The two fuels mitochondria can use are sugar and fat. Although it is widely believed that there are three essential macronutrient groups for human survival this is not strictly true. Proteins composed of amino acids form the main building blocks of the body and consumption of proteins is essential. Fats have a similarly important role. They are used to make hormones and in the structure of cell membranes. The brain itself is about 60% fat and 25% of your body’s cholesterol content is in the brain. Fat is also an essential component of the human diet. The only macronutrient that the human body does not need to ingest is carbohydrate. Because all plant structures are made of carbohydrate in varyingly digestible forms, and also because animal muscle meat contains sugar (carbohydrate in the form of glycogen), it is impossible to avoid eating it. But never the less it is a non-essential component of our diet.
The confusion stems from the fact that the brain requires a small amount of sugar to function. However, it is not widely appreciated that this requirement is met by the liver which stores sugar in the form of glycogen and even produces it when supplies are exhausted by a process called gluconeogenesis. The body’s requirement for dietary sugar and/or carbohydrates is zero.
The level of sugar in the blood of the average adult is about one teaspoon full. In contrast, a can of fizzy drink such as Coca-Cola or lemonade contains the equivalent of 9 teaspoons! When we eat or drink sugar or refined carbohydrates that break down immediately into simple sugars, our blood sugar level rises quickly. The pancreas must then produce insulin to bring down the blood sugar level. Usually, the blood sugar level decreases below the optimal level and we experience a sugar craving about 2-3 hours after a high carb meal. If you eat 3 meals a day all high in refined carbs and sugar your body rides a kind of metabolic roller-coaster every single day. This eventually leads to insulin resistance increased systemic inflammation and a whole basket full of modern chronic diseases. A diet high in sugar and refined carbs leads to disease and will literally kill you.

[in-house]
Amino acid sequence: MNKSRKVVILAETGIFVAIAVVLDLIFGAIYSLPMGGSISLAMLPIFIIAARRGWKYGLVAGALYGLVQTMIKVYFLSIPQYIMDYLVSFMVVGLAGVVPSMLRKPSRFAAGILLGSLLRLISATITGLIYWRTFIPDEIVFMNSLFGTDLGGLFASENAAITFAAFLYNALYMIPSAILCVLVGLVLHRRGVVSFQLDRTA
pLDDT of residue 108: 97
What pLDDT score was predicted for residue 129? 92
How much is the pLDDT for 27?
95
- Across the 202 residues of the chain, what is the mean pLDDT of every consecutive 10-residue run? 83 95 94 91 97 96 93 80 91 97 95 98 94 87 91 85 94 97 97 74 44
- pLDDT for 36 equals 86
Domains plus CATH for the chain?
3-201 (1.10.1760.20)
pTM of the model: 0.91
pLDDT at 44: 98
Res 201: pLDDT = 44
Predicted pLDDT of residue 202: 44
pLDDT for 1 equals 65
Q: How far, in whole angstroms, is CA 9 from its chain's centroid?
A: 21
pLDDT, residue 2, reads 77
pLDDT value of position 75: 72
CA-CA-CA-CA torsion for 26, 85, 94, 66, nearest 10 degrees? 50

There is a wealth of information and evidence supporting the benefits of the human body burning fat as opposed to sugar as its primary fuel. I will explore this along with nutritional ketosis in a later post. The takeaway point here is that almost everyone eats far too much sugar, too much protein, and not nearly enough healthy fat. Sugar is not real food.
Welcome back the healthy fats
There have been decades of misinformation around the health implications of eating fat. I wish I could say that it was all a terrible mistake but it wasn’t. Check out the fabulous book by Nina Teicholz “The Big Fat Surprise” for the whole story and a wonderful education. The truth is that saturated fat doesn’t make you fat and it’s not bad for you, in fact, it’s an essential real food for optimal health. The trick is not to eat fat with carbs. Humans have been eating fat for the past 2 million years. We are all potentially well suited to burning fat as fuel. The problem lies in the continuous high carb and sugar consumption which triggers insulin 3 times a day to store it as fat.
Oils are fats that are liquid at room temperature. Saturated fats are solid at room temperature: Butter, Ghee, tallow, coconut oil, or lard etc. Monounsaturated fats are generally liquid at room temp, solid when refrigerated – olive oil, peanut oil and canola oil, avocado oil. Polyunsaturated fats are generally liquid even when chilled and include soybean oil, corn oil, safflower oil, sunflower oil. For the complete guide to knowing all about fats check out the amazing reference book by Mary G. Enig called “Know Your Fats”.